Ofvers. Forh. Finska Vetensk.-Soc. 48: 73 (1906) APNI
Herb to c. 80 cm high, usually several erect stems arising from woody, short-rhizomatous root-stock; young stems weakly 2-ridged. Leaves ovate to oblong or linear, 5–25 mm long, 1.5–5 mm wide, margins usually recurved, distantly black-dotted or with black dots confined to apex, lamina with conspicuous translucent glands. Flowers usually numerous in corymbose cymes; sepals linear to lanceolate, 4–7 mm long, acute, connate at base, not black-dotted (rarely with 1 or 2 marginal black glands); petals 2–3 times as long as sepals, pale to deep golden-yellow, black-dotted on the margin; stamens numerous, half to two-thirds as long as petals, shortly fused into 3 bundles; styles 3. Capsule narrowly ovoid, shortly exceeding sepals; seeds short-cylindric, c. 1 mm long, minutely reticulate-pitted. Flowers Dec.–Mar.
*CVU, *DunT, *EGL, *EGU, *GipP, *Glep, *Gold, *GGr, *HNF, *HSF, *LoM, *MonT, *MuF, *MuM, *NIS, *OtP, *OtR, *SnM, *Strz, *VAlp, *VRiv, *VVP, *WaP, *Wim. Also naturalised WA, SA, Qld, NSW, ACT, Tas. A common, declared noxious weed, particularly in dryish areas of the north-east (e.g. Mansfield, Bright, Beechworth, Tallangatta) extending into the alps (e.g. Mt Clear, Mt Skene, Falls Creek areas), but mostly scattered elsewhere.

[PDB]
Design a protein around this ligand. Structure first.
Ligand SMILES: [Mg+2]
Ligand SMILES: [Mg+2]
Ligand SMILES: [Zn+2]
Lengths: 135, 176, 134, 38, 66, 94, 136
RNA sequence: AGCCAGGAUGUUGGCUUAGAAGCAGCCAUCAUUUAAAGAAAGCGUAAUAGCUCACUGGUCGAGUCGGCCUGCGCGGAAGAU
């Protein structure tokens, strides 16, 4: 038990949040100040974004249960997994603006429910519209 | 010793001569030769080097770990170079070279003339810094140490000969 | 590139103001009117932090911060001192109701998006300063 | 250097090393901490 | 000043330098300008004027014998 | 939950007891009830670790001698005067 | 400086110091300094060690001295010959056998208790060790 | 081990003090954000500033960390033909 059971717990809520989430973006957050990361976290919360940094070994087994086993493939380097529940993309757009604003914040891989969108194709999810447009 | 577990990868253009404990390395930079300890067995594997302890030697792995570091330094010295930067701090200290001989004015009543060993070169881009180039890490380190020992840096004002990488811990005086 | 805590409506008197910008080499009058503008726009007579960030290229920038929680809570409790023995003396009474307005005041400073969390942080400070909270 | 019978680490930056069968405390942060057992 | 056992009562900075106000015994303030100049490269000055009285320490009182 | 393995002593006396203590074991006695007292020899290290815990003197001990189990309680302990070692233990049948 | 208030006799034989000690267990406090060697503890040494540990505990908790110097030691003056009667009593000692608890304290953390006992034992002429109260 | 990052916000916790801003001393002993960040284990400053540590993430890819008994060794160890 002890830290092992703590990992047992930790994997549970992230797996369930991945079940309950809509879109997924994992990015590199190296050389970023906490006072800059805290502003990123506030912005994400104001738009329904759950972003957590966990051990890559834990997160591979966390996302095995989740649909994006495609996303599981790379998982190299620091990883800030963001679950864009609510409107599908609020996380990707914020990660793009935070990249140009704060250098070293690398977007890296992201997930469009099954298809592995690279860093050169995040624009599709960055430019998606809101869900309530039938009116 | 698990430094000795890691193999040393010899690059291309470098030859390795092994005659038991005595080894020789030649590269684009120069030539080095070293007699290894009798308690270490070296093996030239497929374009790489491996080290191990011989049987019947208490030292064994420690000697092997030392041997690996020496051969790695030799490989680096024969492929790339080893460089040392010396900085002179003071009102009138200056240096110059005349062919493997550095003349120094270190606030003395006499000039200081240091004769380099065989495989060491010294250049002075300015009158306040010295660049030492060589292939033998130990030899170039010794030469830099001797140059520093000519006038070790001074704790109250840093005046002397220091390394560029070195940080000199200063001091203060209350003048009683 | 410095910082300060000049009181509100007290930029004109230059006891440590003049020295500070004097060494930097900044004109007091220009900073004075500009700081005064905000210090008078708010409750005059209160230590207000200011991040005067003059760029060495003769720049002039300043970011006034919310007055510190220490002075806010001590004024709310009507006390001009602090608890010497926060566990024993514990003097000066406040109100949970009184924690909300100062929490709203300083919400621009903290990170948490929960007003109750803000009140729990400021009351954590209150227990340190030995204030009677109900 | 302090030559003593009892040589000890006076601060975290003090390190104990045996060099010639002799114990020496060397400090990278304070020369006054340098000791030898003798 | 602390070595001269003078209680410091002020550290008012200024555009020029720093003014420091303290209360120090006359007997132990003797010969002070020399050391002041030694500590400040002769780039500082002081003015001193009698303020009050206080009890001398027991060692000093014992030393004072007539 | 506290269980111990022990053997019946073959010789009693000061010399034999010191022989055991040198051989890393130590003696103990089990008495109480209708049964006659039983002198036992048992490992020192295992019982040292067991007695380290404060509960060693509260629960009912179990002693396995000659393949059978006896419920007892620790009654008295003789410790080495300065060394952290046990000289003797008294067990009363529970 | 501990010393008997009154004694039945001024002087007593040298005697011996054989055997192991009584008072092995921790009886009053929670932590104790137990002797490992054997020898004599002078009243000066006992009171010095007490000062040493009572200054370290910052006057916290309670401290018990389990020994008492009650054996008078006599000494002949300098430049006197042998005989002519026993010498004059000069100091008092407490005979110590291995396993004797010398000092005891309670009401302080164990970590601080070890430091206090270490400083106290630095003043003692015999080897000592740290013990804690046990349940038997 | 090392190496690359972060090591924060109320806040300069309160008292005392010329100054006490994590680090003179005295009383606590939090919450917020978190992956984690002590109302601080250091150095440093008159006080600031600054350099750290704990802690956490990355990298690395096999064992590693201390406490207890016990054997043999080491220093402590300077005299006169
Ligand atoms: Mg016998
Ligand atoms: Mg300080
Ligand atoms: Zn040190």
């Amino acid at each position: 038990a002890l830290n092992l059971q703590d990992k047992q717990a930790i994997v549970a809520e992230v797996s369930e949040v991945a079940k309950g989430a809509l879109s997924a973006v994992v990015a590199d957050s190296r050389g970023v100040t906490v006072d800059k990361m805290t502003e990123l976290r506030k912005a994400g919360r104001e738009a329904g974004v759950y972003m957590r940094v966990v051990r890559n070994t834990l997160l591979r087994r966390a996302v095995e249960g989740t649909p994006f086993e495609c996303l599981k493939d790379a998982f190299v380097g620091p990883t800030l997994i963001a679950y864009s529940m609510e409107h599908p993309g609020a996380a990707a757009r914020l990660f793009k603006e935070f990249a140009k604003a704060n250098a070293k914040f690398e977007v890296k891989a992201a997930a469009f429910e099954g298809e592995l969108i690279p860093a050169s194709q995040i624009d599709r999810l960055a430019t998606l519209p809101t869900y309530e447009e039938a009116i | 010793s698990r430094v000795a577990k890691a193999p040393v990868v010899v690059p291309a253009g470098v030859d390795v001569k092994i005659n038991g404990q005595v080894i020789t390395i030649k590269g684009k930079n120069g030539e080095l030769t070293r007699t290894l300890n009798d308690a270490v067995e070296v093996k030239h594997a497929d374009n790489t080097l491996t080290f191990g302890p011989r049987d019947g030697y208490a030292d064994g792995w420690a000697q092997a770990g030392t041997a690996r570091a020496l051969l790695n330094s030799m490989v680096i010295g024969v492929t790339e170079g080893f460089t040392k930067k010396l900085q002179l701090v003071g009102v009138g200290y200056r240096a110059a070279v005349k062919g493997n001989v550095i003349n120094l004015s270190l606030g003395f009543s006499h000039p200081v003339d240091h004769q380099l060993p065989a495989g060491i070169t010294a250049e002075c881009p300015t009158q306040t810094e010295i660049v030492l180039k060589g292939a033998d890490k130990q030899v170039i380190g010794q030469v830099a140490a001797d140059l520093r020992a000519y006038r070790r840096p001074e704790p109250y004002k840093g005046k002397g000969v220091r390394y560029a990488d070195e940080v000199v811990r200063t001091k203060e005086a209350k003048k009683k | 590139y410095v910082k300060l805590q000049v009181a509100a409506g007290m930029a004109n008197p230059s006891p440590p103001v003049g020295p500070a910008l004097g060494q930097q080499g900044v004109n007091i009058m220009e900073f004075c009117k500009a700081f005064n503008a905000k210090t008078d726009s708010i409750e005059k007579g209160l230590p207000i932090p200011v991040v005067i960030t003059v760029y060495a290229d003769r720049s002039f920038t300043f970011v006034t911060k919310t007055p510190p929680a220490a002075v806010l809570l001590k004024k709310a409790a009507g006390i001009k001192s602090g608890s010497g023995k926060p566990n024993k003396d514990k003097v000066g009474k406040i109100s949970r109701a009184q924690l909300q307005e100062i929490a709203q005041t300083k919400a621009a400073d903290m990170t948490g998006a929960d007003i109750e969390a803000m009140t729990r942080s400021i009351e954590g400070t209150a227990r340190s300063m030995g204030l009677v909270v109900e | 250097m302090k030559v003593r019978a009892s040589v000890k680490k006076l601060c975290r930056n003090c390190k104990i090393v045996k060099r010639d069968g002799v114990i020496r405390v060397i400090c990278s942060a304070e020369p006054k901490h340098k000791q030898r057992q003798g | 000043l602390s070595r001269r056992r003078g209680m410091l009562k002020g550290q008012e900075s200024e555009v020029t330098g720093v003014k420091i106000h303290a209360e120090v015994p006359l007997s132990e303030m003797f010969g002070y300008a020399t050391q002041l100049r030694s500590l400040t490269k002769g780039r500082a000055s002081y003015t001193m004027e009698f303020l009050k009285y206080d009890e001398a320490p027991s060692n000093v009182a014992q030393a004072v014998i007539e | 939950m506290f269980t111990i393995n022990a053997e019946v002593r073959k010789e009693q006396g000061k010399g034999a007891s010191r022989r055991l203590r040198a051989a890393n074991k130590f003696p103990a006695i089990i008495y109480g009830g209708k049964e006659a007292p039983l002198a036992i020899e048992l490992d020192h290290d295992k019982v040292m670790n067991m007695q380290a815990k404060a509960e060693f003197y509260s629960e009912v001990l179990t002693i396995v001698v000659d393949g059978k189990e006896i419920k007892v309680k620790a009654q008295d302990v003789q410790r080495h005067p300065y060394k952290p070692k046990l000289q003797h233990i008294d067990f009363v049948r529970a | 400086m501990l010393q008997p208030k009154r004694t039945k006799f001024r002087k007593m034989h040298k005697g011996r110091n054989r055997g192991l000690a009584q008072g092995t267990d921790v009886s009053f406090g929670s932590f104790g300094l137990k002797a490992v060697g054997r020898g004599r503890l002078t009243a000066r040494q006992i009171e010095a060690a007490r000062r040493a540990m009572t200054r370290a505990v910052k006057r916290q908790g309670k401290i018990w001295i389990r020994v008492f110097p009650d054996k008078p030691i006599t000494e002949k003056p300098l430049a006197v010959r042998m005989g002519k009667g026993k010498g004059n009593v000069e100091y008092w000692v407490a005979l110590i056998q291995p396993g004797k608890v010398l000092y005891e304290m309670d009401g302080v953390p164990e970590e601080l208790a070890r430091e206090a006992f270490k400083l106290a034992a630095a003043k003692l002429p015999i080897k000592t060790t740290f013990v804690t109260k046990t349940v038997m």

Robson (2002) recognises 4 subspecies, based largely on distribution. Plants in Australia are included in subsp. veronense. This subspecies has relatively narrow sessile leaves and swollen, diagonal vittae along margins of capsule valves. Most plants reproduce apomictically (i.e. without fertilization) and are, therefore, genetically identical in any area.
In the absence of other feed, stock will graze Hypericum perforatum and commonly suffer photosensitization, affecting lightly-pigmented parts of the body (e.g. inside the mouth), often leading to death by starvation or infection if animals are not removed from infested areas.
Robson, N.K.B. (2002). Studies in the genus Hypericum L. (Guttiferae) 4(2). Section 9. Hypericum sensu lato (part 2): subsection 1. Hypericum series 1. Hypericum, Bulletin of the British Museum (Natural History) Botany 32(2): 61-123.
|Bioregion||Occurrence status||Establishment means|
|Victorian Volcanic Plain||present||naturalised|
|Central Victorian Uplands||present||naturalised|
|Northern Inland Slopes||present||naturalised|
|East Gippsland Lowlands||present||naturalised|
|East Gippsland Uplands||present||naturalised|
|New South Wales|
|Australian Capital Territory|